Sanofi-Aventis is making preparations for a hostile bid for Genzyme though it has not yet made the final decision to embark on such an offer, according to my sources.
In the last two days the firm has hired a proxy solicitor and its bankers have become more aggressive in seeking out the opinions of Genzyme shareholders about what price they would accept in a hostile offer.
A hostile bid would not be a surprise. When I first reported Sanofi’s interest in Genzyme, people close to Sanofi made it clear the company was considering a hostile approach after brief talks about a deal failed to produce the desired outcome.
If Sanofi does moves ahead with an unsolicited offer for Genzyme, there will be plenty of biotech investors and investment bankers shaking their heads in wonderment, particularly if it is at a price well above Genzyme’s current level.
That’s because of the manufacturing problems that have plagued Genzyme’s yields on its key drugs (Cerezyme and Fabryzyme) and because the FDA continues to closely monitor Genzyme’s progress in solving its issues.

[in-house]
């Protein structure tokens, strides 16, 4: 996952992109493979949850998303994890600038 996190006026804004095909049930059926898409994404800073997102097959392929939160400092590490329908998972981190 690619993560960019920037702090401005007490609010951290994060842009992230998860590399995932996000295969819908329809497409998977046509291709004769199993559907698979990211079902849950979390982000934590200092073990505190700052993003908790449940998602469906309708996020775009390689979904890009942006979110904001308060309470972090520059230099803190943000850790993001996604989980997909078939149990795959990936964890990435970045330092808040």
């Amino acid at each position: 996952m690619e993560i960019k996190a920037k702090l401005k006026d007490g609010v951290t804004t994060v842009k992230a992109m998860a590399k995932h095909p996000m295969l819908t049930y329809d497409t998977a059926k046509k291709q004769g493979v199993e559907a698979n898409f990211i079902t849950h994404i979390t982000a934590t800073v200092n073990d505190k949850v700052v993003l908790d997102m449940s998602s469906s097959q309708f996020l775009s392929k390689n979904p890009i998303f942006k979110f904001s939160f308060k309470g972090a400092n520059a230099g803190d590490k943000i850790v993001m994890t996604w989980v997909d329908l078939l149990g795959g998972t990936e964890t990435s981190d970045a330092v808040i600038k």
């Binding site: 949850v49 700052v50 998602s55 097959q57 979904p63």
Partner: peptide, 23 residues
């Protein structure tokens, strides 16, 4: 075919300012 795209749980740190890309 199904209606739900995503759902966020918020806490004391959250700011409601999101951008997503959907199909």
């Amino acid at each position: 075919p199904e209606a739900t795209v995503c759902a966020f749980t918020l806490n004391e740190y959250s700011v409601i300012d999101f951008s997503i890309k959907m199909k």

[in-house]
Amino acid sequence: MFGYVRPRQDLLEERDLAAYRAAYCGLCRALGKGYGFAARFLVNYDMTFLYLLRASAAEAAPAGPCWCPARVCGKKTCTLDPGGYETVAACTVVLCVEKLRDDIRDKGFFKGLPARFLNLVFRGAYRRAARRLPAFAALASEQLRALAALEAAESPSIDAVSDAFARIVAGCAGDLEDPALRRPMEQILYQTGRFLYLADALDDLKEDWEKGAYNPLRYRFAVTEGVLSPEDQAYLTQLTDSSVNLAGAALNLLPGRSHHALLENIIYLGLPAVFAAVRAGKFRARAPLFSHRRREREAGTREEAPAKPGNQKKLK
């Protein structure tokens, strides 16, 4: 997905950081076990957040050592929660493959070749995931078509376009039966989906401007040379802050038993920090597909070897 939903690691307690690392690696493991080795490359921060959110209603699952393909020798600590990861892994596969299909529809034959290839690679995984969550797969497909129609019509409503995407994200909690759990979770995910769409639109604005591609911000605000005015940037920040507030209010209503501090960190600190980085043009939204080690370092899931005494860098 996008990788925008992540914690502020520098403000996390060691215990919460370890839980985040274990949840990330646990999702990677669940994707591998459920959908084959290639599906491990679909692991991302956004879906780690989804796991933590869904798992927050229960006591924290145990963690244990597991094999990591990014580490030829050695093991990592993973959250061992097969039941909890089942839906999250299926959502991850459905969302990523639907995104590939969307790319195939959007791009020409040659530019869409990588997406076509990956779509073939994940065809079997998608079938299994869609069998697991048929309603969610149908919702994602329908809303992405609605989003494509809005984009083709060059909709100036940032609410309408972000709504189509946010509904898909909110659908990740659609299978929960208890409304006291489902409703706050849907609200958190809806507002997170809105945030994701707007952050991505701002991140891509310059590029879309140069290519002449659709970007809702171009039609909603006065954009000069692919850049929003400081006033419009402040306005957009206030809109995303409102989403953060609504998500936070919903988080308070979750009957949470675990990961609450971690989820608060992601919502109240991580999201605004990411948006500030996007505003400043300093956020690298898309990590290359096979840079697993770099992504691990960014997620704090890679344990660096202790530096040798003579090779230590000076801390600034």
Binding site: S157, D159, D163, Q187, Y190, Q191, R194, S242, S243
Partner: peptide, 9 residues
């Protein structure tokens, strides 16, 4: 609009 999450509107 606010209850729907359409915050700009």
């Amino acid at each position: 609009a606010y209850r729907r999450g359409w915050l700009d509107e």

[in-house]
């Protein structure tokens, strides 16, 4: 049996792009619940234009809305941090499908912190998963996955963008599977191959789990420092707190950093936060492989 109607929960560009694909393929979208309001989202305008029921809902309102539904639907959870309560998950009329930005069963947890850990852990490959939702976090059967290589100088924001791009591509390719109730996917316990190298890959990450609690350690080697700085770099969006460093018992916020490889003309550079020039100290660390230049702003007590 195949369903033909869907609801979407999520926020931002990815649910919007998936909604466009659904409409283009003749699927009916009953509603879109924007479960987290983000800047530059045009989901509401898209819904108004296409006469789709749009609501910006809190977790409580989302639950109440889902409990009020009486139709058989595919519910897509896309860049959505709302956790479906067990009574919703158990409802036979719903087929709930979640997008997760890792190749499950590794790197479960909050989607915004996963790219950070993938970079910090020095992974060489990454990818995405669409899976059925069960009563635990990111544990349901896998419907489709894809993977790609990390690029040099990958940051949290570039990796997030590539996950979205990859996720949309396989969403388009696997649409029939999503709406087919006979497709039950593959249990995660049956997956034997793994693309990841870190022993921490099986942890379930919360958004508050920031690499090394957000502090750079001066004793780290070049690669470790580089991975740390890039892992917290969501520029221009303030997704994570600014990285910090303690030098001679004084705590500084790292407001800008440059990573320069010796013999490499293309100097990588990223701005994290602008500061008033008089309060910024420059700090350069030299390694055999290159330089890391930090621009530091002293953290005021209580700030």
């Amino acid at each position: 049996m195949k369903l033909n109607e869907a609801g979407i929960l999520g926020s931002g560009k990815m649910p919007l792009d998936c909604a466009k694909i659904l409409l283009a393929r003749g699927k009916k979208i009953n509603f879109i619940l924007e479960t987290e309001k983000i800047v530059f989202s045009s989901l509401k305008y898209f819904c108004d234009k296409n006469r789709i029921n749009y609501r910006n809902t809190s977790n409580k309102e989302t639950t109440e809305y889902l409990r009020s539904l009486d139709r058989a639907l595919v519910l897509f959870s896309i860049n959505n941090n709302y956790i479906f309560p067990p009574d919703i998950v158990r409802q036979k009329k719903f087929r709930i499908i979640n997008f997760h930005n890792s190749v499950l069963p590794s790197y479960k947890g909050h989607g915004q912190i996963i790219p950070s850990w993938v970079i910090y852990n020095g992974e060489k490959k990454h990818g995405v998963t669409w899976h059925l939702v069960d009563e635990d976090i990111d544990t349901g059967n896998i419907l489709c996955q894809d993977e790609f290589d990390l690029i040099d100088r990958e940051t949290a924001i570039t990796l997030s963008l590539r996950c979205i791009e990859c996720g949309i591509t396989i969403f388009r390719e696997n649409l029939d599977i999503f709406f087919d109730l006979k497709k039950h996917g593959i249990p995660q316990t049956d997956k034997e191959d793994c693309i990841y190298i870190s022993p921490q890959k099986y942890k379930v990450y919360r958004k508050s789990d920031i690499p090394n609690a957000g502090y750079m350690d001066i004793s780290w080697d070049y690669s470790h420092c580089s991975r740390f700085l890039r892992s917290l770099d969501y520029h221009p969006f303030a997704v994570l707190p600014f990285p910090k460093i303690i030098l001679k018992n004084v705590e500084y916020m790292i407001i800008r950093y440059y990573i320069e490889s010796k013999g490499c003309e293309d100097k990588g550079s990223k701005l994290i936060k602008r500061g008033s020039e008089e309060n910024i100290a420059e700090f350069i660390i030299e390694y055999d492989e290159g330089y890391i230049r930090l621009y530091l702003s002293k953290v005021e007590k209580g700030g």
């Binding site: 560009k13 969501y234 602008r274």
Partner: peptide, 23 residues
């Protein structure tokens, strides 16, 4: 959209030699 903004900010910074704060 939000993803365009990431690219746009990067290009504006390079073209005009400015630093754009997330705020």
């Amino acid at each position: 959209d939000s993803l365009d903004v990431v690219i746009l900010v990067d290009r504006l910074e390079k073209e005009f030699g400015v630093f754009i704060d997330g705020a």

Even if Sanofi were able to do significant due diligence, (which it won’t if it launches an unsolicited bid) sources who have dealt with manufacturing issues in the production of drugs tell me it is still very difficult to assess whether those issues have been fully resolved.
Genzyme has begun to lose market share to competitors given its limited supply of drugs. But there is also another potential danger from the lack of supply—that doctors will find a smaller dosage of the drugs as effective as the usual dose.
Even if Genzyme were to get its supply up sharply and regain market share, if doctors find their patients get the same benefit from a lower dosage, it could cost Genzyme revenues.
And if you’re the new CEO of a giant French drug company considering doing a hostile acquisition that might force you to pay a big multiple of Genzyme’s peak earnings ($4.00 a share) you are certainly taking a bold, but risky step
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